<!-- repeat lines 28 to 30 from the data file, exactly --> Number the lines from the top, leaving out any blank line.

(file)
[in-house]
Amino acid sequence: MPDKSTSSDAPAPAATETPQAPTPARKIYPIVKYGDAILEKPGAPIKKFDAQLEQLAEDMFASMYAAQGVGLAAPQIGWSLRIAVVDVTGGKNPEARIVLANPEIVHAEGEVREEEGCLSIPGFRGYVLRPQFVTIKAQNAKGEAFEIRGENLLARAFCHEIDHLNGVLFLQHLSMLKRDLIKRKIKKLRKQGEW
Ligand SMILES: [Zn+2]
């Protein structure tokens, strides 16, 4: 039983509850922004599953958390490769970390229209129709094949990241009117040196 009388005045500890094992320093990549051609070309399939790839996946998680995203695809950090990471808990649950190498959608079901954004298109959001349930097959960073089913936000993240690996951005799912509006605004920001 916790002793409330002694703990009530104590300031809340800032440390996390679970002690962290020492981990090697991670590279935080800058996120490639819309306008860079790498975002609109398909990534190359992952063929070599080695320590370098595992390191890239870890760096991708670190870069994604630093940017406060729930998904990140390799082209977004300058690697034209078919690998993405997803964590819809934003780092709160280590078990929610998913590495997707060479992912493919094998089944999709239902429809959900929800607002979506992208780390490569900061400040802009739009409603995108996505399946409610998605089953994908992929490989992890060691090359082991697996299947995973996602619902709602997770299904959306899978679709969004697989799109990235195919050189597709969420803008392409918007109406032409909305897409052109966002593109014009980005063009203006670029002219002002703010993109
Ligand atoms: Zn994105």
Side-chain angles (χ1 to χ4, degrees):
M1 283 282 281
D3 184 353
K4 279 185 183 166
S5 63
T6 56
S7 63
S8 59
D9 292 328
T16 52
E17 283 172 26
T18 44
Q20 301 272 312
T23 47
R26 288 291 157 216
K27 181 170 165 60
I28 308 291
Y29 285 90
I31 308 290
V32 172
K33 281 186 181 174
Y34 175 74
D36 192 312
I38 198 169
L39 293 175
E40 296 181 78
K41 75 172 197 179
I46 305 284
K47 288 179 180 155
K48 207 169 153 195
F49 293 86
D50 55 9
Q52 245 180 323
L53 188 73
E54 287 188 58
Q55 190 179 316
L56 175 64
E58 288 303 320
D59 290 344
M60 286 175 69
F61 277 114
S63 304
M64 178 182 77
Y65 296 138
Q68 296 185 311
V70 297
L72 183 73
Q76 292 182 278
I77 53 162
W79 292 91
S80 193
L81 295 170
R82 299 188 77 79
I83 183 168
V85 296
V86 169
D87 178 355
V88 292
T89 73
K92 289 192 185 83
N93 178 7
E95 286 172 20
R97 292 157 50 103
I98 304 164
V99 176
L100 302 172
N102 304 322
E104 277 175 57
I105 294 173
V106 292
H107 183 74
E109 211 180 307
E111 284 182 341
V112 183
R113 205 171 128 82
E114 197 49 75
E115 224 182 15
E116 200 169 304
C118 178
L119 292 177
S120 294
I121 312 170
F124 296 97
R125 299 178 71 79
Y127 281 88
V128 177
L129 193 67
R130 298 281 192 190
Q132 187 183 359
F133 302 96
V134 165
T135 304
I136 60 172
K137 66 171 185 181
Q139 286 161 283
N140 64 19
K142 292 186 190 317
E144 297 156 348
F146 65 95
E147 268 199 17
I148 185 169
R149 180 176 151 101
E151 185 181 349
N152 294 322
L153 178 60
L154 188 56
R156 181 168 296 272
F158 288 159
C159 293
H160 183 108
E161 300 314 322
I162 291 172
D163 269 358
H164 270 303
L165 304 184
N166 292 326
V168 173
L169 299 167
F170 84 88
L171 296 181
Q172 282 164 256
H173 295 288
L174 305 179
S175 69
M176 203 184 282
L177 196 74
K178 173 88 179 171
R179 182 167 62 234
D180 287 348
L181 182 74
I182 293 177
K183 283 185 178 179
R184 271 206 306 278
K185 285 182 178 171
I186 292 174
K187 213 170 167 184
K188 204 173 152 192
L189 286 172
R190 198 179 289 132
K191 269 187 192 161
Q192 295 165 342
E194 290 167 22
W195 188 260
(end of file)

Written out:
D36 192 312
I38 198 169
L39 293 175